Managing Your Money – and Your Stress

Psychology Today – You don’t have to be an anxious investor. Tips from a psychiatrist and financial advisor. By: John W. Schott, Jean S. Jean S. FOR MANY OF US, charting our financial future is fraught with fear,insecurity, impulsivity–feelings that can capsize a savings or retirement plan, or even discourage us from investing in the first place.


INVESTING IS A SIMPLE MATTER: buy good stocks and hold on to them, and time will make you rich. This is the most common bit of advice given to beginning investors. But if it’s true that investing is so simple, then why do people wind up losing money on stocks, view the market as a major gamble, or feel too intimidated to invest in the first place? Because every emotional drive associated with money gets played out in investing: the longing for security, the guilt engendered by greed, the quest for power and self-esteem, the fear of being abandoned, the search for love, the dream of omnipotence. And when these constellations of emotions intersect with the churning, manic-depressive mood gyrations of the market itself, the result can be financially dangerous.

In recent years, more people have jumped into the stock market than at any other period in history. Eighty-seven percent of the money ever invested in the U.S. stock market has come in since late 1990. Company-sponsored pension plans have been rapidly replaced by 101(k) plans, IRAs, and other self-directed arrangements. We have entered the age of financial autonomy, an exciting period, but one fraught with anxiety as well as promise.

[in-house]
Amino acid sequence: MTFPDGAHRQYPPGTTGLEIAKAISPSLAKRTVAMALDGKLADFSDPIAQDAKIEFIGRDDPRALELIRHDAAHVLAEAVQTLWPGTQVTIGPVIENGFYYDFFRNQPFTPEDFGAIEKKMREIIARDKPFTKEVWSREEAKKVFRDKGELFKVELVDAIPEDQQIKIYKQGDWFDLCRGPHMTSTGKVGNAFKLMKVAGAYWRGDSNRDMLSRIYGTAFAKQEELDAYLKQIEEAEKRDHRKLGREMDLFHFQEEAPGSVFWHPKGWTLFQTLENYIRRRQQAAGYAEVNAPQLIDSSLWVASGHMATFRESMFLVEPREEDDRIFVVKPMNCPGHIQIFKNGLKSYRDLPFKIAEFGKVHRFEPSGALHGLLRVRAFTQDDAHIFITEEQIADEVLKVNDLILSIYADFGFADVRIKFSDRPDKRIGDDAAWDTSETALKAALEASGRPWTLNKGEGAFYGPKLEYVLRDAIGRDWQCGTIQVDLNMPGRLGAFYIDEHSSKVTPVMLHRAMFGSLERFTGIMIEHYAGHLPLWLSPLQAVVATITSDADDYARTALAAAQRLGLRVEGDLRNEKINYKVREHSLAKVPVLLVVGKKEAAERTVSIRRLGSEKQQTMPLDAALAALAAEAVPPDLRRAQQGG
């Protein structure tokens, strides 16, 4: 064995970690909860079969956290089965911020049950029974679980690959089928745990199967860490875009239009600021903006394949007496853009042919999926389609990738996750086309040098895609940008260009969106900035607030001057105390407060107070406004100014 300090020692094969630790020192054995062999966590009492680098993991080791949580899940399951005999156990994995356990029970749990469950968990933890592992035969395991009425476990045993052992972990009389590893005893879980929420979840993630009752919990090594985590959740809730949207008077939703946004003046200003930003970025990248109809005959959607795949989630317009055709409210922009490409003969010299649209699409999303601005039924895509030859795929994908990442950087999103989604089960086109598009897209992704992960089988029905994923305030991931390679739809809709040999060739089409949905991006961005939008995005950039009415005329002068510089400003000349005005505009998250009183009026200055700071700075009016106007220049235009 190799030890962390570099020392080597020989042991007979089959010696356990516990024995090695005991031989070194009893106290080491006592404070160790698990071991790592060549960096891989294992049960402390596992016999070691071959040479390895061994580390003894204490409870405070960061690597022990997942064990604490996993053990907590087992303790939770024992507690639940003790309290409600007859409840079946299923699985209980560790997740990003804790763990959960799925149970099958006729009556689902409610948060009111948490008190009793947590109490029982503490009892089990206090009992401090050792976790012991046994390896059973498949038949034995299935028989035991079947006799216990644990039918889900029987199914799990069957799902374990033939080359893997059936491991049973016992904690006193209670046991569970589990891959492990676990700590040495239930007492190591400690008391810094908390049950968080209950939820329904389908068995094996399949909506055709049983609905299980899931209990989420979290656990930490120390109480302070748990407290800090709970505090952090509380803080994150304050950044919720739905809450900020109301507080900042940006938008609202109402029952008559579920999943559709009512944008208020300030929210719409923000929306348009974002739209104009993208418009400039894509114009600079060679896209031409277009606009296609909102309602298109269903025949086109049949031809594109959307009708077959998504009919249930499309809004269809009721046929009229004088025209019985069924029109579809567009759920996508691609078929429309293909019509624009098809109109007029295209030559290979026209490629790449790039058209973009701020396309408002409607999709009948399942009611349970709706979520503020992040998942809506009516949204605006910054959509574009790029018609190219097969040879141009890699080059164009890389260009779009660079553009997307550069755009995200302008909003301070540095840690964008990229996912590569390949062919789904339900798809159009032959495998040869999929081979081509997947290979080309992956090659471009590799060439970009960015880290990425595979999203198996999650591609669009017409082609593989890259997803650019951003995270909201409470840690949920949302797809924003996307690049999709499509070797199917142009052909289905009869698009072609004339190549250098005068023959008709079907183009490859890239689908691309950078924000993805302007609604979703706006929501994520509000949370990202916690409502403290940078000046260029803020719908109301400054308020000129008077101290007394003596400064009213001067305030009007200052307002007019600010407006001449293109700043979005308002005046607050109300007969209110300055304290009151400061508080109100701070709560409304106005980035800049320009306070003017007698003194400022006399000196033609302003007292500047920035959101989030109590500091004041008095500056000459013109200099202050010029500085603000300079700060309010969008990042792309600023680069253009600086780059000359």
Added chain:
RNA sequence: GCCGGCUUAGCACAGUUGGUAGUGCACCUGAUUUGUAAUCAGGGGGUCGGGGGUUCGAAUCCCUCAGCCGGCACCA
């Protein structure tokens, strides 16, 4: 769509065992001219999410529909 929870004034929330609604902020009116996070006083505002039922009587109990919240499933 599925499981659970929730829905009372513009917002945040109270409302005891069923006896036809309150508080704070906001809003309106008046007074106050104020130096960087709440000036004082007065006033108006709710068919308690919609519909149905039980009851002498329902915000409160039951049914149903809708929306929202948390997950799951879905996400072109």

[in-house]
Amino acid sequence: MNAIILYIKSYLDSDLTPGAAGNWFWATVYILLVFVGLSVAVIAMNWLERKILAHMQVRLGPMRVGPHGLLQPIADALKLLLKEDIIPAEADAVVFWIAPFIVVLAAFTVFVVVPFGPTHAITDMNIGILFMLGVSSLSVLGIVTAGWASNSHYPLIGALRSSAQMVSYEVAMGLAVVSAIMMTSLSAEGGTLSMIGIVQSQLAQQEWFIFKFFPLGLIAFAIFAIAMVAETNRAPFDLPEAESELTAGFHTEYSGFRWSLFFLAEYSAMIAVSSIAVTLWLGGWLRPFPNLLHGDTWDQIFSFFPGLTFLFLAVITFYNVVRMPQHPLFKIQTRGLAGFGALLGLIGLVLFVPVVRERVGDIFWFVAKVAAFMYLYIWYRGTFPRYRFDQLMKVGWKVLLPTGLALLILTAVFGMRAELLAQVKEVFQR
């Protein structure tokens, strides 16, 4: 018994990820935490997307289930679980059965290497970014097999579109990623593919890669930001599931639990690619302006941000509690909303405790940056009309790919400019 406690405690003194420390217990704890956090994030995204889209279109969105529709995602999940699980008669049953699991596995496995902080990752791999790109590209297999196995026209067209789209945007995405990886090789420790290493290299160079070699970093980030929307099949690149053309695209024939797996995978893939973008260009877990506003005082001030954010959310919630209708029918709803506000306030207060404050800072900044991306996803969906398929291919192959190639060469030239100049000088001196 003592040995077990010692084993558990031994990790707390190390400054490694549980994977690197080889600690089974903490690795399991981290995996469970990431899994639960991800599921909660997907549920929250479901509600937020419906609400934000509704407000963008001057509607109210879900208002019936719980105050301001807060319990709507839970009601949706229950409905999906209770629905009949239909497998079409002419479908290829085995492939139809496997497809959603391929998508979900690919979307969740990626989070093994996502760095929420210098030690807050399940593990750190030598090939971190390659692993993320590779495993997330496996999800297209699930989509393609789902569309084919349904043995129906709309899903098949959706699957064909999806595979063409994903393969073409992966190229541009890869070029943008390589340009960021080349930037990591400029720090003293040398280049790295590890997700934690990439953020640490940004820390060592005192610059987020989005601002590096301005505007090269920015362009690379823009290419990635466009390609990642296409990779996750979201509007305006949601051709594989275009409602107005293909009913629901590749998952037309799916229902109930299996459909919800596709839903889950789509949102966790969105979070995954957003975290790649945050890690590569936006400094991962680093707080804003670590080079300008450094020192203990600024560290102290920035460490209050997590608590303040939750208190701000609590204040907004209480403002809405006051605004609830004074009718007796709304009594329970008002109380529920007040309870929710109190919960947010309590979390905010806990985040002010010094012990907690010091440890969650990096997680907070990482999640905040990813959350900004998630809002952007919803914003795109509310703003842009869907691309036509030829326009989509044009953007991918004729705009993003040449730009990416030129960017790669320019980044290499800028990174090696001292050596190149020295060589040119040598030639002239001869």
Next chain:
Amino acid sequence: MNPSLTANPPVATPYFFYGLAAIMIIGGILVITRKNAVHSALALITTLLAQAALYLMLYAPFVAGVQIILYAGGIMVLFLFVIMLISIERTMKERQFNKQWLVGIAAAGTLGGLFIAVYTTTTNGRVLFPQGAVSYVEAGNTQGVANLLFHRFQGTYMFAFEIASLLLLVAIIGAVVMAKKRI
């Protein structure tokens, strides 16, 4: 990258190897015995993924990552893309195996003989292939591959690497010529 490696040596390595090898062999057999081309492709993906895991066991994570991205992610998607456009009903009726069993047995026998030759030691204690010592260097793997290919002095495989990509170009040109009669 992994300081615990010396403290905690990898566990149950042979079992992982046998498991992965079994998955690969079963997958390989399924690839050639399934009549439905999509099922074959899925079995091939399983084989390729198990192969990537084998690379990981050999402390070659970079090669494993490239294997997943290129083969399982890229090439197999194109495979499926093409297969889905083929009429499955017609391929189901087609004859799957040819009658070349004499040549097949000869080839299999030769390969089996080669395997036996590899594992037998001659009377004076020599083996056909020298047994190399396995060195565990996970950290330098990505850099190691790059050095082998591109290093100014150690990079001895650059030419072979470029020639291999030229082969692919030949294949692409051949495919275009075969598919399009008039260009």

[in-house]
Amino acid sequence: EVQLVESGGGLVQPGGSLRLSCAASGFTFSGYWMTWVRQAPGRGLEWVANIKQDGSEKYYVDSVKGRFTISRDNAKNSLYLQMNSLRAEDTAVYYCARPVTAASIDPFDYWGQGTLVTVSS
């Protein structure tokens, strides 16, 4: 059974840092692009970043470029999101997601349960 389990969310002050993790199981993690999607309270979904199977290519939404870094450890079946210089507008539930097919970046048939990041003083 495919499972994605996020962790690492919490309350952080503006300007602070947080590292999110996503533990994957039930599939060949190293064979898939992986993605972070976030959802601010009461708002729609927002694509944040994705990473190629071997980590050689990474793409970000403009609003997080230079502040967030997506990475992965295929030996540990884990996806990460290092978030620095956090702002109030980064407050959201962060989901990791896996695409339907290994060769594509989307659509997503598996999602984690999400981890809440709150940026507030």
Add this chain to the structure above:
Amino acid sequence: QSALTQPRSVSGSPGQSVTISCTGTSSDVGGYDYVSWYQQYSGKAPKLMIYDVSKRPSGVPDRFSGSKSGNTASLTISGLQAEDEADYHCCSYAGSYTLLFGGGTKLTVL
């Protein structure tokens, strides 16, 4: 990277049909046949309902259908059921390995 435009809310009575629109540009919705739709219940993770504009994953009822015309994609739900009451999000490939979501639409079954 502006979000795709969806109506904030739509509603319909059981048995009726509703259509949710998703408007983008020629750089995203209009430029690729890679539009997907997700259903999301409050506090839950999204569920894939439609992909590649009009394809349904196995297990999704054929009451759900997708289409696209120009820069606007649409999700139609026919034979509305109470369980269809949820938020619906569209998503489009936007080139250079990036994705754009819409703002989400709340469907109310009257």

In order to become more confident in this environment, ordinary investors must be self-aware as well as self-directed. And we need to recognize that the emotions mentioned above can cause us trouble. Fortunately, there is a host of things we can do to distance ourselves from counterproductive feelings when making investment decisions. When we know that we are able to control our own self-defeating behaviors, we approach the market with a sense of comfort–and we increase our success.


Many people find the stock market a scary place; they search for certainty–which doesn’t exist–and they are averse to any risk. Yet they know that over time, investing is the best way to make money. Often, certainty-seeking investors have experienced losses or trauma early in life, or suffered recent losses, such as the unexpected death of a spouse. They want to avoid loss now, since they have already experienced so much pain. But these investors may be unaware of the other side of the picture. If you invest in quality stocks, losses take on less significance in the long term because they are greatly outnumbered by gains.